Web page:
Modern Family Negotiations Update: Entire Cast Shows Up for Rescheduled Table Read

If there’s one thing you can say about the members of Modern Family’s Pritchett-Delgado-Dunphy-Tucker clan, it’s that they usually come together in the end.

And in that spirit, the ABC sitcom’s entire castincluding those who sued the show’s production company as part of ongoing contract renegotiations earlier this week – were present at today’s rescheduled table read, TVLine has confirmed.

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Season 4’s first cast gathering was slated for July 24 but quickly moved to today for fear that difficult contract talks would keep stars Ed O’Neill, Sofia Vergara, Julie Bowen, Ty Burrell, Jesse Tyler Ferguson and Eric Stonestreet from showing.

The move is an apparent good-faith gesture on the adult ensemble members’ part, and talks between the actors’ representatives and 20th Century Fox TV are expected to resume later today.

Comments are monitored, so don’t go off topic, don’t frakkin’ curse and don’t bore us with how much your coworker’s sister-in-law makes per hour. Talk smart about TV!

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18 Comments
  1. Whew… disaster averted. Whatever would we have done if this hadn’t happened?!?!?

  2. paychck2paychck says:

    Awww, isn’t that SO generous of the ‘adults’ to come to a table-read in “good-faith” that executives will play into their greed?

    • DL says:

      As in the executives aren’t greedy and trying to hold onto as much money as possible for themselves by paying actors less? Reality check.

      • chris says:

        Thank you. The MF cast deserves a raise. 65,000 dollars an episode is awfully low for the number 1 show on TV.

      • John says:

        Exactly. The money is there, someone has to get it. Asking for a raise isn’t greed.

        It’s the same with sports. People are always complaining that athletes/actors make too much money. That’s because sports/TV are popular: people watch them on TV, ratings go up, advertisers pay to get noticed, money is generated. Should it be held in a safe so that no one gets “too much money”? No, it gets distributed based on the work each member did to help generate that money. Economics 101.

  3. They should have just re-written the episode to feature the kids without any of the adults. That could’ve been awesome!!

    • Bernard says:

      An all-kid episode would be awesome! but not to “punish” the adult actors, just because it would be cool. It could be the Valentines Day episode – two parter. The first episode is all the adults enjoying childless valentines days. The second episode is what happened to the kids on Valentines day– Haley and Dylan take them on a day trip. Maybe they are tesing themselves as future parents together, and having their own love storyline.

  4. Kristina says:

    How generous of them to show up for the job they’re paid to do. Totally disgusted by the recent actions of the cast (well, the adults anyway).

    • tripoli says:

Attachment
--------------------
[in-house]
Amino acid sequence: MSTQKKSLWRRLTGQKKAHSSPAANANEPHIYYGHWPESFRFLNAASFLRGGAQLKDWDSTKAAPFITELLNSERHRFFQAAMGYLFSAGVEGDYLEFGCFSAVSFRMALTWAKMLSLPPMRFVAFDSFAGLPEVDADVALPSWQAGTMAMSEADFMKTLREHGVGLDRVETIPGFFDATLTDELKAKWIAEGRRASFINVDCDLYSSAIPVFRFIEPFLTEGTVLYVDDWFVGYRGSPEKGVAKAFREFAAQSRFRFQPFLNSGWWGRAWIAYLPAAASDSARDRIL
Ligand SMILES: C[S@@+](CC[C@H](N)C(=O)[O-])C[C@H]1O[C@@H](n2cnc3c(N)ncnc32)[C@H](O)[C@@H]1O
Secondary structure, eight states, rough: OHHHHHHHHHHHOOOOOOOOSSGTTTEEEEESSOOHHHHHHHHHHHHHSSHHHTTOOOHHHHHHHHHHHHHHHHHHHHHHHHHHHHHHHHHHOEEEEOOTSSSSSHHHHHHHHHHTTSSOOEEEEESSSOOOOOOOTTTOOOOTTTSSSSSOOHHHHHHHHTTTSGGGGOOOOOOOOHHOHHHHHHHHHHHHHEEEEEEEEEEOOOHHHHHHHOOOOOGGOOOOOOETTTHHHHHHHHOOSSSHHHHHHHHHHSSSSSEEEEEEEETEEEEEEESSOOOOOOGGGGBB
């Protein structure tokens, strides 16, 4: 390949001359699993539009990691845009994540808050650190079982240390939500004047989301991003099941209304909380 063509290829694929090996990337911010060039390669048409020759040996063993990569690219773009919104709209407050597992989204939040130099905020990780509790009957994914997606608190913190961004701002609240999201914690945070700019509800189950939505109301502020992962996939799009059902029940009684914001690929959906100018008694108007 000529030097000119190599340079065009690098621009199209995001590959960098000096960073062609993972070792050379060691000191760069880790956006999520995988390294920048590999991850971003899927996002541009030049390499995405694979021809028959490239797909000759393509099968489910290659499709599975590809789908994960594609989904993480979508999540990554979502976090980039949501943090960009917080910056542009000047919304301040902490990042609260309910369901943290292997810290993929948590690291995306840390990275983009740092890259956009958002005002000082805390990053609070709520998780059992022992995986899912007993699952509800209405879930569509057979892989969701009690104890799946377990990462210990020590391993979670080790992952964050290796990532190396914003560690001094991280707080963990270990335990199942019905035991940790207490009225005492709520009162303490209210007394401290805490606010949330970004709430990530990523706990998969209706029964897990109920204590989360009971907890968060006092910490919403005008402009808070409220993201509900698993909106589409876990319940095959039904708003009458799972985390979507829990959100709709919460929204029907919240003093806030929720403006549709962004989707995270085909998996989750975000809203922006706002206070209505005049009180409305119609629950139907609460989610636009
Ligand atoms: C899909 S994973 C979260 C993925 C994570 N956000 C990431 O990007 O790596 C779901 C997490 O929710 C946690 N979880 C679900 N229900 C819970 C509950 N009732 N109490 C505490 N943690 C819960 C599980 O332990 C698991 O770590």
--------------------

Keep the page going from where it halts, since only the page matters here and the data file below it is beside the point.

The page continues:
Agreed. While I can understand that they believe they are entitled to earn more based on the success of the show, their salaries are already so ridiculously high that I have zero sympathy for them.

      • Kristina says:

        I could care less about how much money they ask for; they are absolutely entitled to renegotiate their contracts. But suing the studio to force their hand and trying to get their contracts voided…come on.

        • John says:

          Yeah, imagine wanting to get out of a contract that you discovered violates state law. Like you, I would also much rather let the state take advantage of me.

          • Kristina says:

            Oh please, I find the timing a little too convenient. They’re hardly working under harsh and inhumane conditions. $65k an episode may not be what they feel they deserve, but for most of the rest of America that makes that in a year, it’s not exactly sympathy-inducing. I don’t think any of them are being “taken advantage of”.

          • John says:

            Kristina: Who ever said they were trying to induce sympathy? They’re not asking anybody to feel sorry for them. But in any case, the fact that most of the rest of America makes <$65,000/year is completely irrelevant: as I said somewhere above, the show is generating millions. The money has to go somewhere, and better it goes to those involved in proportion to their involvement than all of it going to higher-ups at the studio.

            And I'm not sure what your definition of "taken advantage of" is. As far as I'm concerned, when your employment contract violates state law and the employer refuses to correct that issue, that's taking advantage of somebody, just as an employer paying below a state's minimum wage would be taking advantage of an employee. It doesn't matter than minimum wage is negligible compared to $65,000 – a law is a law, and there was one being broken here.

  5. Mína says:

    Wouldn’t it be nice if, in the real world, we could all behave like TV stars?
    My job doesn’t pay me enough millions. I’ll show them; I won’t come in tomorrow. They’ll be groveling soon en– oh, pink slip.

    • John says:

      Except that their “office” depends on their presence there, so they won’t get a pink slip as fast as you would. And if by “behave like TV stars” you mean we should all be able to get periodic raises of a reasonable percentage of our salary and that we should have the availability of and freedom to use a court system when our contracts violate state law, then yes I can’t wait for that day (sarcasm).

      • Mína says:

        thanks for adding that (sarcasm). I might never have read between the lines without your assistance (derision).

  6. John says:

    I find that people who haven’t had Economics 101 haven’t had other 101’s (such as Sarcasm). Good job averting the topic though.

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